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The Edge

Vodafone touts UK's first 5G 'edge' service with AWS

When it comes to low latency, 5G has seen lots of talk and little action. Operators launching the technology in Europe have positioned it mainly as an even higher-speed connection for smartphones. The lag in sending a signal – a barrier, say experts, to advanced services in gaming, robotics and virtual reality – has not disappeared.

Until now, that is. Europe is about to get its first commercial taste of 5G-based "edge" computing, courtesy of a tie-up between mobile operator Vodafone and Internet giant Amazon. Set for launch in the UK next spring, with a 2021 service also due in Germany, it promises at least a fivefold reduction in latency. That could help 5G discover its mojo.

The forthcoming offer is possible thanks largely to an Amazon technology called Wavelength, which Vodafone will host in application servers at appropriate facilities. A data signal would normally take anything between 50 and 200 milliseconds to make a round trip on Vodafone's mobile network. Using Wavelength, that journey time can be cut to less than 10 milliseconds, it says.

A menace to airports no more? Edge computing could provide warnings of drone activity.
A menace to airports no more? Edge computing could provide warnings of drone activity.

Distance has previously caused delays, according to some technology experts. Regardless of any 5G developments, the big data centers that host IT and network resources might be hundreds of miles from users in some countries. The entire concept of the "edge" is about distributing these resources around the network so that signals do not have as far to travel. In March last year, BT, the UK telecom incumbent, revealed plans for a distributed cloud initially targeting about 100 metro locations.

Wishful thinking

Yet Vodafone and AWS reckon they can achieve sub-10-millisecond latency with far fewer edge facilities. Using a Wavelength-equipped center in London, Vodafone says it has already recorded a round-trip time of less than 10 milliseconds between Newbury, the location of its group headquarters in southern England, and Birmingham, about 90 miles north. That means the whole UK could feasibly be served from just a handful of centers.

Scott Petty, Vodafone UK's chief technology officer, has long dismissed suggestions the UK would need hundreds of edge facilities to handle low-latency services. "I think that is wishful vendor thinking," he told Light Reading in March last year. Back then, his estimate was that about eight UK data centers would be sufficient for nationwide latency of between 15 and 20 milliseconds. Even lower levels with even fewer facilities now seem possible.

The evidence will come next spring, when Vodafone is promising a commercial service that covers areas in and around London but also extends to Cambridge, Oxford, Birmingham, Bristol and Cardiff, as well as towns and businesses along the M4 motorway, which connects London to Wales and the southwest.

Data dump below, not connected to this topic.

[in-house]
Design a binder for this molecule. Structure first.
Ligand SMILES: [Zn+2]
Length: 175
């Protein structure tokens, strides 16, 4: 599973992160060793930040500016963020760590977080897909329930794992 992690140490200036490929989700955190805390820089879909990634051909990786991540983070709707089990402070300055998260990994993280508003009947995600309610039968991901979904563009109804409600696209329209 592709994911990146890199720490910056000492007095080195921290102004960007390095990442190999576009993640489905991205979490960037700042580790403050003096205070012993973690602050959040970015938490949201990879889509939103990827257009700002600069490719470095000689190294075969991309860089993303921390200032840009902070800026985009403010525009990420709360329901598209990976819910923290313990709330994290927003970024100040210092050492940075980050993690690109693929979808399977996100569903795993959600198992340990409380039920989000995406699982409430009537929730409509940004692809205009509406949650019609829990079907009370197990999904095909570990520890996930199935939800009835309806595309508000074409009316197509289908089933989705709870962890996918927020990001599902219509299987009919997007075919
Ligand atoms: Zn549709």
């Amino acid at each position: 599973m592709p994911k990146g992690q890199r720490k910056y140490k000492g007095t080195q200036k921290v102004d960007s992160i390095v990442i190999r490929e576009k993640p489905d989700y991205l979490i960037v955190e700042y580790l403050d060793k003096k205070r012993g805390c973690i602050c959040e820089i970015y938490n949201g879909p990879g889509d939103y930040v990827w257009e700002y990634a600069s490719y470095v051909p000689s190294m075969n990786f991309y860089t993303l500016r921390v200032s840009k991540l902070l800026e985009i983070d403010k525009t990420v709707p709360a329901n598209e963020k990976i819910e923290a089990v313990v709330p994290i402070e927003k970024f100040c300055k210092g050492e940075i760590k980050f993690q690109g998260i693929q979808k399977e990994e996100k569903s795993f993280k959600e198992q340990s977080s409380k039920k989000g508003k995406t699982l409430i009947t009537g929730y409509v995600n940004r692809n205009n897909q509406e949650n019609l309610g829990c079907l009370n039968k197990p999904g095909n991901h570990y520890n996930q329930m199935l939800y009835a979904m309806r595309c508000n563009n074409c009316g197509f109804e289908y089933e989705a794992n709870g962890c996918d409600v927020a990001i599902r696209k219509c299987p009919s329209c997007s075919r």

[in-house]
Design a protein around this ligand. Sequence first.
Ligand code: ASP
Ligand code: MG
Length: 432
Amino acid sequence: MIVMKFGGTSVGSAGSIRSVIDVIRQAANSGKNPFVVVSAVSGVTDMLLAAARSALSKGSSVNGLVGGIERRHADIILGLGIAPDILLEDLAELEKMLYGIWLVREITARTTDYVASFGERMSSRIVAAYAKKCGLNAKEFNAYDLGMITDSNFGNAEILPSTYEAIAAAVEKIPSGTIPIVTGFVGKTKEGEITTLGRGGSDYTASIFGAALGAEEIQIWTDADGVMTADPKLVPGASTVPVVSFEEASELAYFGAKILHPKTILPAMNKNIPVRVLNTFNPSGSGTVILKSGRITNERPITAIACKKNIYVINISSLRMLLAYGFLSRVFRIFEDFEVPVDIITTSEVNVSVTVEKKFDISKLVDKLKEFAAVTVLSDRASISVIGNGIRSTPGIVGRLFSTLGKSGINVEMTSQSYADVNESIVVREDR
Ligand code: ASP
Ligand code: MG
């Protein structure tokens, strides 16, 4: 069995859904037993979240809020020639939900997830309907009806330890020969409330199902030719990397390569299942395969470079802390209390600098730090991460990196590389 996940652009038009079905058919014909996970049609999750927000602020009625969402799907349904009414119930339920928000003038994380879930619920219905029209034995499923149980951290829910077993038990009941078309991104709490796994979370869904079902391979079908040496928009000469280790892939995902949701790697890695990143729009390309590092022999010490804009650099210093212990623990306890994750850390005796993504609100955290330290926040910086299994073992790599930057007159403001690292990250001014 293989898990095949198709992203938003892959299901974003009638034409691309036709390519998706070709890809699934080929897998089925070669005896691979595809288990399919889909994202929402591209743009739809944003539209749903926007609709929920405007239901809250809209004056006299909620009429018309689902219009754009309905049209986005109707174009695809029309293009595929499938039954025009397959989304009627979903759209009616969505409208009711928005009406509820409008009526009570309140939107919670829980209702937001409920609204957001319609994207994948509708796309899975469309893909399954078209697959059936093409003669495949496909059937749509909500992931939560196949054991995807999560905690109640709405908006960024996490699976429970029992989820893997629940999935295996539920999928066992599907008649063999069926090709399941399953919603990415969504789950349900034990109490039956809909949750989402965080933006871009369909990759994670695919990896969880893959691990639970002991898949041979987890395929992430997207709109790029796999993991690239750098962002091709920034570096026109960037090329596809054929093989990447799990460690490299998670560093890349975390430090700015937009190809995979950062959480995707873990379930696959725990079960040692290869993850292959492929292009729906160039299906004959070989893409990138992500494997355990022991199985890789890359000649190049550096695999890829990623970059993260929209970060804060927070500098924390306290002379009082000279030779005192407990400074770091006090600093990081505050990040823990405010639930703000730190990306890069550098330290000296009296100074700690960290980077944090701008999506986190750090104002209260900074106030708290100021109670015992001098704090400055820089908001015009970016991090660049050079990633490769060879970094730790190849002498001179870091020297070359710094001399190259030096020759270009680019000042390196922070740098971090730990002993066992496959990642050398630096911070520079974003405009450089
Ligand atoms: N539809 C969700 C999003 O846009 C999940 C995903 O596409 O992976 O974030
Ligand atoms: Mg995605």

Several application developers have already been named. They include Dedrone, which warns airports of drone activity, Digital Barriers, which provides video analytics for cameras worn by emergency-service workers, and Groopview, whose technology aids voice communications over streaming video platforms.

Also identified in today's announcement is HERE Technologies, the mapping specialist that Finland's Nokia sold to carmakers in 2015. It is working on a real-time hazard warning service that could improve road safety. Unleash Live, the fifth developer named, boasts a video analytics platform that city authorities can use to snoop on citizens, although the message is all about "public safety needs."


Want to know more about 5G? Check out our dedicated 5G content channel here on Light Reading.


Privacy concerns aside, this is a rare opportunity for the UK to establish a lead in 5G edge computing over other countries. Few European operators have made any significant progress so far, and none appears to have announced a commercial offer. The availability of one in the UK, it is hoped, will enthuse software developers and stimulate innovation. From early 2021, Vodafone and AWS say they will also run an innovation program that allows developers and businesses to experiment with edge technology.

But there will probably not be a marketing frenzy to accompany the launch. Vodafone seems likely to proceed cautiously into this new business area, and details about the pricing of services and the commercial arrangements between the operator and AWS are still unclear. Rivals will be watching closely and adapting their own edge plans based on Vodafone's early experiences.

If all goes well, this could be a major spur for Amazon in the nascent mobile edge market. It first announced an edge tie-up with Vodafone this time last year, when KDDI (Japan), SK Telecom (South Korea) and Verizon (US) were also unveiled as partners. As those operators switch on their first edge services, Amazon's big tech rivals have little to show for their efforts so far.

Other IT companies might also be unhappy about Vodafone's push. A sub-10-millisecond service delivered from a few edge facilities, rather than hundreds, means less work and investment for Vodafone. But that translates into less business for some vendors. Next year may show who has been guilty of wishful thinking.

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— Iain Morris, International Editor, Light Reading

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